If I were to ask you to rattle off the first few supercars that come to mind, the Nissan GT-R would probably not be the first one to come out of your mouth. On the other hand, if you are ever so lucky to have driven a GT-R, or road ride shotgun in one, you may have been inclined to mention Godzilla as a supercar. In the retrospect of what the Nissan GT-R is perceived as, it is a viable supercar any way you slice it.
With 545 horsepower and 463 lb-ft of torque from its lone engineer-hand-built 3.8-liter twin turbo V6 engine mated to a snappy-shifting 6-speed dual-clutch transmission sending power to all four wheels through a torque vectoring technological marvel, you cannot deny the supercar factor. The two clutch assemblies are bathed in transmission oil acting as wet clutch for shifts that take a quick 200 milliseconds. That’s supercar stuff.
See Also: 2015 Nissan GT-R Review & Test Drive
I had the chance to live with the new 2015 Nissan GT-R for a while last year and my takeaway was that the Japanese supercar is quite easy to mold into your day-to-day functions. In my recent drive of the GT-R that notion was reiterated on many occasions, even when picking up my 7 year old daughter from school. After climbing into the deep-bottomed but limited legroom rear seat, her giggling commenced as the GT-R surged to the posted 45 mph speed limit in just over a second.
If the GT-R was ever a master at more than one thing, it would be reserved to nearly violent acceleration out of the hole and its ability to perform acts nearly outside the laws of physics on a racetrack. Finding the handling limits of the GT-R on public roads is probably going to warrant you an overnight stay and free breakfast in the local corrections facility, or the ICU.
A lot has been said about the Nissan GT-R ever since the coupe’s stateside introduction as a 2009 model nearly 7 years ago. Over the course of that time up until now, the GT-R has been refined in ways not to convert it into a luxury car, but to make it a bit more compliant for every-day use. The interior is now quieter and a dash of plush appeal has been added to the cabin through updated interior colors and contrasting leather appointments. The same GT-R formula is still thriving in its chassis, apparent in the clunky-sounding clatter of the drivetrain, a welcomed trait for true enthusiasts but something frowned upon by luxury seekers. Even the beefy steel drilled rotors clamped on by 6-piston Brembo calipers up front and 4-piston out back have the tendency to squeak but prove more than effective with fade-free repeated stops from high speeds.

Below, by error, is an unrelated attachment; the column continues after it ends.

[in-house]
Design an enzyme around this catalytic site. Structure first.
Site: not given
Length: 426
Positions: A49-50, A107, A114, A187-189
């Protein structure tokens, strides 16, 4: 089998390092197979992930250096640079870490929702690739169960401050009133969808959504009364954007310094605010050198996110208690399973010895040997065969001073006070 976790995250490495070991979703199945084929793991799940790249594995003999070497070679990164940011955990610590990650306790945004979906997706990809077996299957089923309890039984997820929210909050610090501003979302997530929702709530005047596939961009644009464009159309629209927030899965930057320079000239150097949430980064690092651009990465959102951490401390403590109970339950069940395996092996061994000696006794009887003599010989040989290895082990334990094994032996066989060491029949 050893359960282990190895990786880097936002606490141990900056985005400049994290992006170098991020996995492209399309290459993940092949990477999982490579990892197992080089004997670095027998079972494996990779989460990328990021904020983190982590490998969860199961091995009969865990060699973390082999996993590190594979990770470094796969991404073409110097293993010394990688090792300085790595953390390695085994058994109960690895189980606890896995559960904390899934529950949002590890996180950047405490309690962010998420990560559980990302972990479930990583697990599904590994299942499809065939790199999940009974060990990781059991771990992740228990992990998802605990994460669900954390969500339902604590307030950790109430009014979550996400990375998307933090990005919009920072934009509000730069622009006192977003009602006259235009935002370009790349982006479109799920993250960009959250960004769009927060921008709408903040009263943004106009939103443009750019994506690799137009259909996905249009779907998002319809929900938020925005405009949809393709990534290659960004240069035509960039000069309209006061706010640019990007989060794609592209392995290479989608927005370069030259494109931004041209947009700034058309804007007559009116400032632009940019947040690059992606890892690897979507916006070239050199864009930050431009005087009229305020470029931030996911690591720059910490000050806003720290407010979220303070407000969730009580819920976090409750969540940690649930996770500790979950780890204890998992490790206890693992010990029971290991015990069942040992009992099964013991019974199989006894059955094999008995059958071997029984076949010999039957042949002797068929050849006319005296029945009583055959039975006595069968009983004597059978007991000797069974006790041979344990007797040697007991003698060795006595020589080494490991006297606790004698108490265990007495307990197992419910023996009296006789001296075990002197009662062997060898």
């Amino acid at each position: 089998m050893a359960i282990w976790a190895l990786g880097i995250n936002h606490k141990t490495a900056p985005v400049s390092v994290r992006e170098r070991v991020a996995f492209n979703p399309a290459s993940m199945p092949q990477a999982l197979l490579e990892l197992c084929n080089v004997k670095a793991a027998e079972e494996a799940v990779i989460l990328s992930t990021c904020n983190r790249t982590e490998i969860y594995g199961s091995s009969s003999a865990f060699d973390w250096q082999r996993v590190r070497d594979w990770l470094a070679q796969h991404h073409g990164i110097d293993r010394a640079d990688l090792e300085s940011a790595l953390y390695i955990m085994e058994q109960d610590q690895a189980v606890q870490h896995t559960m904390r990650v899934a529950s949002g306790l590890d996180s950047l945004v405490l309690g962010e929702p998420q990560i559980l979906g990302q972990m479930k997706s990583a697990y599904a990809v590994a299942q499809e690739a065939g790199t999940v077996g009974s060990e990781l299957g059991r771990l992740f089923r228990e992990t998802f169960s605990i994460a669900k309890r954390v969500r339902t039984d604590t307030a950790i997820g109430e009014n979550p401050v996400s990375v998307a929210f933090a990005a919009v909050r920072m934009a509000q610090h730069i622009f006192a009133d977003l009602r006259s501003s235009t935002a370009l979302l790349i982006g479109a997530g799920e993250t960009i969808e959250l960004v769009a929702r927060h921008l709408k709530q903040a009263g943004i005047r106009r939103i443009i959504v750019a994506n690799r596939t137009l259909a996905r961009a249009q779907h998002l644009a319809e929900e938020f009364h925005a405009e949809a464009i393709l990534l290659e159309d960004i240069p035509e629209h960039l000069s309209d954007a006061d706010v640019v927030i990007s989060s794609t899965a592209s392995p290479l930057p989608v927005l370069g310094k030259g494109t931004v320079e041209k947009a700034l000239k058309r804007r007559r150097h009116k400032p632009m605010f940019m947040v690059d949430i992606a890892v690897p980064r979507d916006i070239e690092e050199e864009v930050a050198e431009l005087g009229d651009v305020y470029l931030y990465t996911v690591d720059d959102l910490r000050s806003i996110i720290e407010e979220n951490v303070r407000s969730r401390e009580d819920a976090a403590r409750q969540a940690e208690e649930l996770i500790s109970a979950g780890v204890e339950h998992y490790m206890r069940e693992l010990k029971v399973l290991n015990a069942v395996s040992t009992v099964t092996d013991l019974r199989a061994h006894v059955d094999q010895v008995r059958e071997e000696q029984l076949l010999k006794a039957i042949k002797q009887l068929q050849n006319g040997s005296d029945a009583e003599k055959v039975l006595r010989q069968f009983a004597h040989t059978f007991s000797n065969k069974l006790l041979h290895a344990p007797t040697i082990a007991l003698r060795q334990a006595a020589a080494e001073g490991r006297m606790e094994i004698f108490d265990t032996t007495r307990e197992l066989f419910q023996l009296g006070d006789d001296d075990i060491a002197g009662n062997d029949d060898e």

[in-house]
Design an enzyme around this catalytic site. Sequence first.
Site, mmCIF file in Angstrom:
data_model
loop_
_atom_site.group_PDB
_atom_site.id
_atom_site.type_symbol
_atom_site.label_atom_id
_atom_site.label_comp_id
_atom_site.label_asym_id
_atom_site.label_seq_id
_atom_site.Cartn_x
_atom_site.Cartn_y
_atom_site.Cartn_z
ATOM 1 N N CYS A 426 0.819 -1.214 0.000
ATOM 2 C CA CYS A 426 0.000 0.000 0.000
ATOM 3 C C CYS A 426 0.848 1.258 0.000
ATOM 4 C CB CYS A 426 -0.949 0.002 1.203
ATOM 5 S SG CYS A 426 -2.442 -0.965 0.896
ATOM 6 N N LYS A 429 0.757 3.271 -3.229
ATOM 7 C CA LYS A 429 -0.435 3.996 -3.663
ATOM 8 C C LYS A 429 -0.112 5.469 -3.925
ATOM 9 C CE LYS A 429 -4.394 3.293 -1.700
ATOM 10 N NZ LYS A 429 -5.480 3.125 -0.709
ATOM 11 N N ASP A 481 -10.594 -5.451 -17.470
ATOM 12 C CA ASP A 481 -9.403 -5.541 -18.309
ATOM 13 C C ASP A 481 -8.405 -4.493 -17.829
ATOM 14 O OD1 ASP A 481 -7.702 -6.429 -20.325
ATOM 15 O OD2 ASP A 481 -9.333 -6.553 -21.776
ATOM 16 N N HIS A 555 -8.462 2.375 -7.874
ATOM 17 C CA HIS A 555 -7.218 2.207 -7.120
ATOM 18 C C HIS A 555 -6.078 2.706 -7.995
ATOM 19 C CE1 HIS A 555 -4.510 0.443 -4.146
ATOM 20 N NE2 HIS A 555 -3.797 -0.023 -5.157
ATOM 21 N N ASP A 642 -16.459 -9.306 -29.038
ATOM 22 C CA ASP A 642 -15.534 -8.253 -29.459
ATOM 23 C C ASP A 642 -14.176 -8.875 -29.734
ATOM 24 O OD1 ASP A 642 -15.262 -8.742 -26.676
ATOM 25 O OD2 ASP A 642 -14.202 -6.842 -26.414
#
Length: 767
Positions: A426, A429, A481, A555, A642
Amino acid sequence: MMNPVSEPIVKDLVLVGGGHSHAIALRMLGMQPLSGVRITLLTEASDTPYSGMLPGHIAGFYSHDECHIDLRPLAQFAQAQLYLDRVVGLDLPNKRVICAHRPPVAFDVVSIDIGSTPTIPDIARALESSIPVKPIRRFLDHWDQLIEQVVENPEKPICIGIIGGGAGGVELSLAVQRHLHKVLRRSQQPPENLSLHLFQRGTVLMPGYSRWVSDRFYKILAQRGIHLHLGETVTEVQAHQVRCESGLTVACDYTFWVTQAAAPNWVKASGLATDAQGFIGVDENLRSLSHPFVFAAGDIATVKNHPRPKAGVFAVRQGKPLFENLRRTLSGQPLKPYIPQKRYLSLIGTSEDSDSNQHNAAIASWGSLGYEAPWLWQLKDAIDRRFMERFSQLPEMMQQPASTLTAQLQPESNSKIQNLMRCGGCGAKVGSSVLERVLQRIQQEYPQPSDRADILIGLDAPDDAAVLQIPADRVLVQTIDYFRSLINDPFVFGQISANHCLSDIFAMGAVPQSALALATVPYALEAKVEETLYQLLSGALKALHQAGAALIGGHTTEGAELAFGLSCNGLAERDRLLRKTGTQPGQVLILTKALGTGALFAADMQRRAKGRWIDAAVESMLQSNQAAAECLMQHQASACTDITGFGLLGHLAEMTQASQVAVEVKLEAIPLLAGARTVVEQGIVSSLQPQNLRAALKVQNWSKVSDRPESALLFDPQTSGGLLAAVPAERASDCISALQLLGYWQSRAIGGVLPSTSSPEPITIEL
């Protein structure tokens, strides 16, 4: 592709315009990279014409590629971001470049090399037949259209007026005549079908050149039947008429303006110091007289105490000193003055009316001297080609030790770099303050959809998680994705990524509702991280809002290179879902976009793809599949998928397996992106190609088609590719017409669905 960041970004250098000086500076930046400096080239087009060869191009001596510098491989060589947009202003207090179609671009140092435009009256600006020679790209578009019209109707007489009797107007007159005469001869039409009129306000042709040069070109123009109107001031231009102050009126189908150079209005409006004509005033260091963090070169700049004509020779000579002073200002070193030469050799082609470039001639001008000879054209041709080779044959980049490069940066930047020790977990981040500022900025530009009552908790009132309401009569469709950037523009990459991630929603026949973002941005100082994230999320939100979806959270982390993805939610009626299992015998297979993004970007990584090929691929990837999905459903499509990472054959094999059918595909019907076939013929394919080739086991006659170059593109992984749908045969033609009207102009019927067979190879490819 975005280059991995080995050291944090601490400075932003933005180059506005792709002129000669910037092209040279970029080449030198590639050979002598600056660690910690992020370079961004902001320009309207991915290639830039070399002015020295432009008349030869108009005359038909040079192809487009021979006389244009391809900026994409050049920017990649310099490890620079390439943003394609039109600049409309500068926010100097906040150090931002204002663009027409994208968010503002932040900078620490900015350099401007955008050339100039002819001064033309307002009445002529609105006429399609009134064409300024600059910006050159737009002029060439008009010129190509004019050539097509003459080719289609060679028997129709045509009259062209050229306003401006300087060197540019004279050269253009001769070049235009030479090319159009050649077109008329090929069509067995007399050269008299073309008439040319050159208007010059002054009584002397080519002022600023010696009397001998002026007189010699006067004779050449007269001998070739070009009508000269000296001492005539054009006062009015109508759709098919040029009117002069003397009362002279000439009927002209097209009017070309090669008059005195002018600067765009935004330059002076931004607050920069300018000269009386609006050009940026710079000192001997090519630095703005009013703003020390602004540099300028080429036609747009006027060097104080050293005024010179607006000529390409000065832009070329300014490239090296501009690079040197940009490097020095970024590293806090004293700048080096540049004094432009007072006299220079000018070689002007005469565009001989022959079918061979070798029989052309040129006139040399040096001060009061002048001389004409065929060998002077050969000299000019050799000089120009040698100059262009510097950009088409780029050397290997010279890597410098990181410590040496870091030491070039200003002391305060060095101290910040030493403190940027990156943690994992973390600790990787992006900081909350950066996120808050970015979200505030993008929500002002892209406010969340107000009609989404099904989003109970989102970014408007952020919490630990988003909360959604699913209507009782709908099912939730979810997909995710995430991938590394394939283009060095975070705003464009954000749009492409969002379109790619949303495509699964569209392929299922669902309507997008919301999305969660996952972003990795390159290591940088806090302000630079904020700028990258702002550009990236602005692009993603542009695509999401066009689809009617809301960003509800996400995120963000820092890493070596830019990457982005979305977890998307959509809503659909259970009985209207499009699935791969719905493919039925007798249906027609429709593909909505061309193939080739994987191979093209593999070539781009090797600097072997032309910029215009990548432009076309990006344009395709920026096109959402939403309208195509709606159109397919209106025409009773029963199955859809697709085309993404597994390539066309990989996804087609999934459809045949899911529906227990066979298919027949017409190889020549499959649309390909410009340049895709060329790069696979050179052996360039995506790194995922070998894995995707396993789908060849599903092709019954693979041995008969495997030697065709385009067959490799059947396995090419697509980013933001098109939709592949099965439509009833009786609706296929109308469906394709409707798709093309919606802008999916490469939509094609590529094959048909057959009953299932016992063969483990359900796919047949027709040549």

The GT-R isn’t for everyone.
That is not to say it is something that anyone should be afraid of. After all, the remarkable all-wheel-drive ATTESA E-TS (Advanced Total Traction Engineering System for All-Terrain – Electronic Torque Split) system is almost foolproof, keeping all four wheels planted to the ground like glue bonding two pieces of paper. Even in the rain, the all-wheel-drive system hooks up like a shifter cart on dry tarmac. The thrill ride of the GT-R nearly defies what your senses tell you about how a car should handle. Pushing the GT-R harder with each try is nearly a never-ending task.
I can remember my first undertaking of driving the GT-R on the track. Lap after lap was faster and faster as you never knew how much you can push the supercar. It eventually fought back with subtle throttle cuts and individual wheel braking due to the rear end starting to kick out or front wheels pushing into slight understeer. The GT-R is a track monster that doesn’t require much initial skill to get the job done. Just pick a proper race line and have fun.
Speaking of line, making a mad dash to 60 mph is the paramount of fun with the GT-R on public roads. Making a stop at the red-light has never been so much fun in anticipation of an intoxicating feeling from shear thrust, much more so than a commercial airliner takeoff. We are talking about a catapult feeling, one that very few roller coasters can dish out. It’s the GT-R’s infamous launch mode getting the 3,851 pound Godzilla up to 60 mph in about 2.7 seconds. It’s all legit. I timed a few runs getting 3.0 seconds and my best of 2.8 seconds. It’s a thrill ride, take my word for it.
Concluding my time with the 2015 Nissan GT-R, it’s hard to say goodbye to such a vehicle. Then again, it may be easy to let it go because I could feel that my time of escaping red and blue lights could clinch at any moment. The GT-R acts as if it is just any other car with civilized driver inputs, but reigning performance king among most cars on public roads. Place the dual-clutch 6-speed into automatic mode and the adaptive dampers into comfort mode and you have a subdued cruiser to commute to and from work.
Yes, you must work or find some means of paying for the as-tested $107,660 check you just wrote for this bad boy. Its fun to play, but you must pay proper admission for the technological road and track-concurring GT-R. It’s one of the most versatile supercars at the fraction of the price of anything that can run with it.
Copyright: 2015 AutomotiveAddicts.com